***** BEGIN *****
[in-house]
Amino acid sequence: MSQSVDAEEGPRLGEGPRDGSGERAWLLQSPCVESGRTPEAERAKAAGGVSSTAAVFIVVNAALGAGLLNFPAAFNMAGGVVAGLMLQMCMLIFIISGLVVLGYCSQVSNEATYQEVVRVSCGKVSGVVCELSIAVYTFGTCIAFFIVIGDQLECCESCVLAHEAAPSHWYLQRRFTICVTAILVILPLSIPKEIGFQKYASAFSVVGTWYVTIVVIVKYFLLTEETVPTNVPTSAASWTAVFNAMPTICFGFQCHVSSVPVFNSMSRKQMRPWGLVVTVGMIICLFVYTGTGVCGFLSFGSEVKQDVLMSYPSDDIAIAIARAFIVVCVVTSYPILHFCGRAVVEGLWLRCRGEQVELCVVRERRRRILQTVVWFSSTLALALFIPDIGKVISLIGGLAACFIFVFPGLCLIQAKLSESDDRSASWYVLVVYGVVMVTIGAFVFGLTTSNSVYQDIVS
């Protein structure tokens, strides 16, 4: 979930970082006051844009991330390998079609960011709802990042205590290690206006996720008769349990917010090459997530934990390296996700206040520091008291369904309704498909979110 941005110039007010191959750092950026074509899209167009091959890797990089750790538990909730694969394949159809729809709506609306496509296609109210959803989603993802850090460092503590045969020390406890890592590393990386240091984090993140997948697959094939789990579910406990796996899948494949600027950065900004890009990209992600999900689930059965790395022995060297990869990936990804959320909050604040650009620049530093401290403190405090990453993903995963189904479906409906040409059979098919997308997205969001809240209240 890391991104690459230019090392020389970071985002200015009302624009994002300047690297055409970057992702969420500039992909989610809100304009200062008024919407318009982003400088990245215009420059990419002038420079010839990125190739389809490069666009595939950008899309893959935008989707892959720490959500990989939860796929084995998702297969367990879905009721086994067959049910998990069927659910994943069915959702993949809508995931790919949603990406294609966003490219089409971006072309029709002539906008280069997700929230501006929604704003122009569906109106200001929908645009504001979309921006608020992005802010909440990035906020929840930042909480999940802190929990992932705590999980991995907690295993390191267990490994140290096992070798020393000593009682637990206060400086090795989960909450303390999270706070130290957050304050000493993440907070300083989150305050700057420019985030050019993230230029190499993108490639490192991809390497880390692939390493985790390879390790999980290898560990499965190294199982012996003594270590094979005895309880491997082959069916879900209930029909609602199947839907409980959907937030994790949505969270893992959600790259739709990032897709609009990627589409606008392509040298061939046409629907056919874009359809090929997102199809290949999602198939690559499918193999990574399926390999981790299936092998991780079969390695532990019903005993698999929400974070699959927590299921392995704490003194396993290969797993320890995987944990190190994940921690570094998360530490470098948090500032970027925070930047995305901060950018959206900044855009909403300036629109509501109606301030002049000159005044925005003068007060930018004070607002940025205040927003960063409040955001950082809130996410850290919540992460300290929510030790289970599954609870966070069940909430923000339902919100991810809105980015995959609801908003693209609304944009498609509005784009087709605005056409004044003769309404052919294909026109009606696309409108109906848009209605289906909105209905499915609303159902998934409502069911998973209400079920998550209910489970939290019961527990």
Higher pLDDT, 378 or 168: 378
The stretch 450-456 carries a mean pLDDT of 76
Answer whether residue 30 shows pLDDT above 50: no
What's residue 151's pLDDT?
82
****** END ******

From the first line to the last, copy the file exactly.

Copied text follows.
[in-house]
Amino acid sequence: MSQSVDAEEGPRLGEGPRDGSGERAWLLQSPCVESGRTPEAERAKAAGGVSSTAAVFIVVNAALGAGLLNFPAAFNMAGGVVAGLMLQMCMLIFIISGLVVLGYCSQVSNEATYQEVVRVSCGKVSGVVCELSIAVYTFGTCIAFFIVIGDQLECCESCVLAHEAAPSHWYLQRRFTICVTAILVILPLSIPKEIGFQKYASAFSVVGTWYVTIVVIVKYFLLTEETVPTNVPTSAASWTAVFNAMPTICFGFQCHVSSVPVFNSMSRKQMRPWGLVVTVGMIICLFVYTGTGVCGFLSFGSEVKQDVLMSYPSDDIAIAIARAFIVVCVVTSYPILHFCGRAVVEGLWLRCRGEQVELCVVRERRRRILQTVVWFSSTLALALFIPDIGKVISLIGGLAACFIFVFPGLCLIQAKLSESDDRSASWYVLVVYGVVMVTIGAFVFGLTTSNSVYQDIVS
């Protein structure tokens, strides 16, 4: 979930970082006051844009991330390998079609960011709802990042205590290690206006996720008769349990917010090459997530934990390296996700206040520091008291369904309704498909979110 941005110039007010191959750092950026074509899209167009091959890797990089750790538990909730694969394949159809729809709506609306496509296609109210959803989603993802850090460092503590045969020390406890890592590393990386240091984090993140997948697959094939789990579910406990796996899948494949600027950065900004890009990209992600999900689930059965790395022995060297990869990936990804959320909050604040650009620049530093401290403190405090990453993903995963189904479906409906040409059979098919997308997205969001809240209240 890391991104690459230019090392020389970071985002200015009302624009994002300047690297055409970057992702969420500039992909989610809100304009200062008024919407318009982003400088990245215009420059990419002038420079010839990125190739389809490069666009595939950008899309893959935008989707892959720490959500990989939860796929084995998702297969367990879905009721086994067959049910998990069927659910994943069915959702993949809508995931790919949603990406294609966003490219089409971006072309029709002539906008280069997700929230501006929604704003122009569906109106200001929908645009504001979309921006608020992005802010909440990035906020929840930042909480999940802190929990992932705590999980991995907690295993390191267990490994140290096992070798020393000593009682637990206060400086090795989960909450303390999270706070130290957050304050000493993440907070300083989150305050700057420019985030050019993230230029190499993108490639490192991809390497880390692939390493985790390879390790999980290898560990499965190294199982012996003594270590094979005895309880491997082959069916879900209930029909609602199947839907409980959907937030994790949505969270893992959600790259739709990032897709609009990627589409606008392509040298061939046409629907056919874009359809090929997102199809290949999602198939690559499918193999990574399926390999981790299936092998991780079969390695532990019903005993698999929400974070699959927590299921392995704490003194396993290969797993320890995987944990190190994940921690570094998360530490470098948090500032970027925070930047995305901060950018959206900044855009909403300036629109509501109606301030002049000159005044925005003068007060930018004070607002940025205040927003960063409040955001950082809130996410850290919540992460300290929510030790289970599954609870966070069940909430923000339902919100991810809105980015995959609801908003693209609304944009498609509005784009087709605005056409004044003769309404052919294909026109009606696309409108109906848009209605289906909105209905499915609303159902998934409502069911998973209400079920998550209910489970939290019961527990």
Higher pLDDT, 378 or 168: 378
The stretch 450-456 carries a mean pLDDT of 76
Answer whether residue 30 shows pLDDT above 50: no
What's residue 151's pLDDT?
82